The Oil Future
ADEMOCRATIC energy bill has died in the Senate -- and it's probably just as well. For the most part, it was election-year symbolism. Several provisions, such as a Justice Department investigation of the Organization of the Petroleum Exporting Countries, a windfall profits tax and an end to certain oil industry tax breaks, might have stuck it to alleged culprits, but they would have had little or no impact on prices at the gas pump.
Congress cannot repeal the law of supply and demand. In real terms, the price of crude oil has topped the postwar record set in 1980. Between these two peaks, oil was cheap -- encouraging Americans to adopt fuel consumption habits that are painful to sustain now. And we were not the only ones gassing up; India, China and other rapidly growing developing nations began consuming more as well. Especially in the past two years, global demand has begun to outstrip supply -- as production stagnated or declined slightly in Mexico, Venezuela, the North Sea and even Saudi Arabia. According to BP, the international oil company, global oil production fell by 126,000 barrels a day in 2007, while consumption grew by a million barrels a day. Notably, all of last year's increase came in countries other than the United States and Europe, where demand actually went down a bit. Prospects are for more of the same, and the commodities markets reflect that.
Still, market fundamentals cannot explain sudden, dramatic recent price movements, such as the $11 a barrel spike on Friday, June 6. In that sense, Democrats in Congress have a point: The froth in the oil market stems at least in part from financial factors -- a.k.a. speculation. According to Michael Masters of Masters Capital Management, hedge funds and other institutional investors boosted their investments in commodities such as food and crude oil from $13 billion at the end of 2003 to $260 billion as of March 2008. The Federal Reserve's recent interest rate cuts have contributed a fresh supply of cheap dollars to this tide. Commodities markets can be wonderfully efficient at helping producers and purchasers of raw materials hedge against supply disruptions. When they function as designed, society benefits. Current events suggest, however, that the exchanges are becoming a repository for "hot money."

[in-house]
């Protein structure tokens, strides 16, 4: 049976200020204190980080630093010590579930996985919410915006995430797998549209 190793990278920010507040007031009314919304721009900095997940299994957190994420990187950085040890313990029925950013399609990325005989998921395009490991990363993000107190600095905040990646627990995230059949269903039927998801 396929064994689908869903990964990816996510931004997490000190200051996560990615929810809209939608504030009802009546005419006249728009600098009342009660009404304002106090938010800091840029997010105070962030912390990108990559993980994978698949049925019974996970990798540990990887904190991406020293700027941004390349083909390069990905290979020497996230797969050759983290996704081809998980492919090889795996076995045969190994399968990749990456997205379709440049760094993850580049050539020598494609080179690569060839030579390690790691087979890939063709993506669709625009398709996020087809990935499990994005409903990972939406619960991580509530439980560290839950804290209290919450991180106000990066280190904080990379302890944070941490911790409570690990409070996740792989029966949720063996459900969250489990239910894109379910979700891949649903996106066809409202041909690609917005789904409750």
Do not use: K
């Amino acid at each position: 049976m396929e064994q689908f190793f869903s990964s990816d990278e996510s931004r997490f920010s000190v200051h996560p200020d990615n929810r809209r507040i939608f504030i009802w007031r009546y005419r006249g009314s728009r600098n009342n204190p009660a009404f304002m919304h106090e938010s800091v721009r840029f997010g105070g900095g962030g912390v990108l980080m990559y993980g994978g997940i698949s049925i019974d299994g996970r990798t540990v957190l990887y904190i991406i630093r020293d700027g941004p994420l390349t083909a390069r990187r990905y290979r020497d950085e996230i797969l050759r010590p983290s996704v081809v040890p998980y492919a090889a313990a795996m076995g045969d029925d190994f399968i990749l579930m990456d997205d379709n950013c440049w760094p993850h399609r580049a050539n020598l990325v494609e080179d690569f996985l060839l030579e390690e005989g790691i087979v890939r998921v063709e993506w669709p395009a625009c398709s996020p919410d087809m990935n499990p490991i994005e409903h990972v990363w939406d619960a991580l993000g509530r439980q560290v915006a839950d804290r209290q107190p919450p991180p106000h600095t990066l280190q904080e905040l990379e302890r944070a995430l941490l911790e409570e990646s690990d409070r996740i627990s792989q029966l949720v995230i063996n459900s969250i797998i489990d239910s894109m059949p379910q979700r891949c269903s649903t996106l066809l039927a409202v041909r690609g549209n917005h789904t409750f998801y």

Government could do something about this. One provision of the doomed Senate bill would have discouraged speculation by requiring commodities traders to put up more cash. This might help, if applied to institutional investors. The independent Commodity Futures Trading Commission (CFTC) already has the authority to take such a step in a declared "emergency." The CFTC could also rescind its current policy of "no action" on lightly regulated exchanges that are nominally based overseas -- but whose infrastructure is partly located in the United States. The CFTC said yesterday that the London-based ICE Futures Europe has agreed to adopt position limits used in the United States for trading West Texas intermediate crude oil contracts, which are tied to similar contracts on the New York Mercantile Exchange. Foreign officials also will share trading data with U.S. authorities daily rather than weekly. The CFTC has promised a broader interagency study of speculation; that is a reasonable idea given the paucity of hard information on the commodities markets. Unless underlying economic forces can tame excessive speculation, regulators may have to do more.